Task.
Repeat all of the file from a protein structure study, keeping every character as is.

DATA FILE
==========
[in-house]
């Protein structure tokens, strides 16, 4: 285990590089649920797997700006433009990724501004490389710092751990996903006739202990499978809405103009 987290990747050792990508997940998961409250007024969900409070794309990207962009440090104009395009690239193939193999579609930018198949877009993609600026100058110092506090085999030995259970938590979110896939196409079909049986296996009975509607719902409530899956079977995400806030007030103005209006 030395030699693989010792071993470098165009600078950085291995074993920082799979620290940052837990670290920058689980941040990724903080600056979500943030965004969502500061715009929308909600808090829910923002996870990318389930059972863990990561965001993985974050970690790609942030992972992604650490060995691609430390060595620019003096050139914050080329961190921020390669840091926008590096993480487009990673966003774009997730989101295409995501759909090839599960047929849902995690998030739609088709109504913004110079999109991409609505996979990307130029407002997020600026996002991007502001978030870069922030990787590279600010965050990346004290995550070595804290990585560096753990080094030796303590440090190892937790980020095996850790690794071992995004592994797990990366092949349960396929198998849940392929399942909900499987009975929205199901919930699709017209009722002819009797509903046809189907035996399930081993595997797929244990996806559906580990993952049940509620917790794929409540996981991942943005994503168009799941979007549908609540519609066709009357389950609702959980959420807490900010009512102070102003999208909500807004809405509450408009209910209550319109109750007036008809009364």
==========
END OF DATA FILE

[in-house]
């Protein structure tokens, strides 16, 4: 285990590089649920797997700006433009990724501004490389710092751990996903006739202990499978809405103009 987290990747050792990508997940998961409250007024969900409070794309990207962009440090104009395009690239193939193999579609930018198949877009993609600026100058110092506090085999030995259970938590979110896939196409079909049986296996009975509607719902409530899956079977995400806030007030103005209006 030395030699693989010792071993470098165009600078950085291995074993920082799979620290940052837990670290920058689980941040990724903080600056979500943030965004969502500061715009929308909600808090829910923002996870990318389930059972863990990561965001993985974050970690790609942030992972992604650490060995691609430390060595620019003096050139914050080329961190921020390669840091926008590096993480487009990673966003774009997730989101295409995501759909090839599960047929849902995690998030739609088709109504913004110079999109991409609505996979990307130029407002997020600026996002991007502001978030870069922030990787590279600010965050990346004290995550070595804290990585560096753990080094030796303590440090190892937790980020095996850790690794071992995004592994797990990366092949349960396929198998849940392929399942909900499987009975929205199901919930699709017209009722002819009797509903046809189907035996399930081993595997797929244990996806559906580990993952049940509620917790794929409540996981991942943005994503168009799941979007549908609540519609066709009357389950609702959980959420807490900010009512102070102003999208909500807004809405509450408009209910209550319109109750007036008809009364």